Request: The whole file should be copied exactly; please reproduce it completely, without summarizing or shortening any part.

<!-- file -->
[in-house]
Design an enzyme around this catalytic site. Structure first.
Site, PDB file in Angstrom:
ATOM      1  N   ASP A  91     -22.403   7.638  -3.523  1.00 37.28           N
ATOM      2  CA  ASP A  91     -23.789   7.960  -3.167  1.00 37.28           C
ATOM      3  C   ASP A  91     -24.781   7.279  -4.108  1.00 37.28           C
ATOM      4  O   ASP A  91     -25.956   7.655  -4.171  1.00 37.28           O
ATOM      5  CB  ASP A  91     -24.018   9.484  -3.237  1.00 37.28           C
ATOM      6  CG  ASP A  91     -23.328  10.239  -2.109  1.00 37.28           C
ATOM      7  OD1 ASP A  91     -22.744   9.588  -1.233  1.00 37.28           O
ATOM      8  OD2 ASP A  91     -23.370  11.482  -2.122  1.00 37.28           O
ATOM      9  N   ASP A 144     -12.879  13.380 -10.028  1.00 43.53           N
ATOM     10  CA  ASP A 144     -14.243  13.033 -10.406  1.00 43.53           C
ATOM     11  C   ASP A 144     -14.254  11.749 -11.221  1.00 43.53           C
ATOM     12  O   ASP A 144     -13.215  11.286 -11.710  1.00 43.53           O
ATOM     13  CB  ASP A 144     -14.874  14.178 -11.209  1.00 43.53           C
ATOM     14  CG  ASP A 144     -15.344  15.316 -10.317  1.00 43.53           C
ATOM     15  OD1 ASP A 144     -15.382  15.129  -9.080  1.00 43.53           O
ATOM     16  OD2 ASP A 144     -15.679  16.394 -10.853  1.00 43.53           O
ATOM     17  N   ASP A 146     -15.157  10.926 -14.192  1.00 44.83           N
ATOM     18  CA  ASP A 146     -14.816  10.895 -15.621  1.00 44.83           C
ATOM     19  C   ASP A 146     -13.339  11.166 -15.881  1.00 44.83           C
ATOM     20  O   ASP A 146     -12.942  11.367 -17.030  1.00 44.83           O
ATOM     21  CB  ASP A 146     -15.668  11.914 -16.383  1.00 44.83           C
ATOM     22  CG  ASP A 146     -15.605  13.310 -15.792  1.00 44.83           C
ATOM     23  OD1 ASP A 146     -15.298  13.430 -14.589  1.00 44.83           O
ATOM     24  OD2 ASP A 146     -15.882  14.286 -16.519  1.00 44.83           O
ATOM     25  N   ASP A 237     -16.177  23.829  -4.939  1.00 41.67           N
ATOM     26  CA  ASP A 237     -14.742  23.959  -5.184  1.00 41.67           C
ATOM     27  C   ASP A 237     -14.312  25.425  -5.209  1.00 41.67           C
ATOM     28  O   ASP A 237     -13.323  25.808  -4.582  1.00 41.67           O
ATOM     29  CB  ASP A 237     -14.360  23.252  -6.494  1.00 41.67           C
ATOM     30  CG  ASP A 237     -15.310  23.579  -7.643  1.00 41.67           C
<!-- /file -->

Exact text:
[in-house]
Design an enzyme around this catalytic site. Structure first.
Site, PDB file in Angstrom:
ATOM      1  N   ASP A  91     -22.403   7.638  -3.523  1.00 37.28           N
ATOM      2  CA  ASP A  91     -23.789   7.960  -3.167  1.00 37.28           C
ATOM      3  C   ASP A  91     -24.781   7.279  -4.108  1.00 37.28           C
ATOM      4  O   ASP A  91     -25.956   7.655  -4.171  1.00 37.28           O
ATOM      5  CB  ASP A  91     -24.018   9.484  -3.237  1.00 37.28           C
ATOM      6  CG  ASP A  91     -23.328  10.239  -2.109  1.00 37.28           C
ATOM      7  OD1 ASP A  91     -22.744   9.588  -1.233  1.00 37.28           O
ATOM      8  OD2 ASP A  91     -23.370  11.482  -2.122  1.00 37.28           O
ATOM      9  N   ASP A 144     -12.879  13.380 -10.028  1.00 43.53           N
ATOM     10  CA  ASP A 144     -14.243  13.033 -10.406  1.00 43.53           C
ATOM     11  C   ASP A 144     -14.254  11.749 -11.221  1.00 43.53           C
ATOM     12  O   ASP A 144     -13.215  11.286 -11.710  1.00 43.53           O
ATOM     13  CB  ASP A 144     -14.874  14.178 -11.209  1.00 43.53           C
ATOM     14  CG  ASP A 144     -15.344  15.316 -10.317  1.00 43.53           C
ATOM     15  OD1 ASP A 144     -15.382  15.129  -9.080  1.00 43.53           O
ATOM     16  OD2 ASP A 144     -15.679  16.394 -10.853  1.00 43.53           O
ATOM     17  N   ASP A 146     -15.157  10.926 -14.192  1.00 44.83           N
ATOM     18  CA  ASP A 146     -14.816  10.895 -15.621  1.00 44.83           C
ATOM     19  C   ASP A 146     -13.339  11.166 -15.881  1.00 44.83           C
ATOM     20  O   ASP A 146     -12.942  11.367 -17.030  1.00 44.83           O
ATOM     21  CB  ASP A 146     -15.668  11.914 -16.383  1.00 44.83           C
ATOM     22  CG  ASP A 146     -15.605  13.310 -15.792  1.00 44.83           C
ATOM     23  OD1 ASP A 146     -15.298  13.430 -14.589  1.00 44.83           O
ATOM     24  OD2 ASP A 146     -15.882  14.286 -16.519  1.00 44.83           O
ATOM     25  N   ASP A 237     -16.177  23.829  -4.939  1.00 41.67           N
ATOM     26  CA  ASP A 237     -14.742  23.959  -5.184  1.00 41.67           C
ATOM     27  C   ASP A 237     -14.312  25.425  -5.209  1.00 41.67           C
ATOM     28  O   ASP A 237     -13.323  25.808  -4.582  1.00 41.67           O
ATOM     29  CB  ASP A 237     -14.360  23.252  -6.494  1.00 41.67           C
ATOM     30  CG  ASP A 237     -15.310  23.579  -7.643  1.00 41.67           C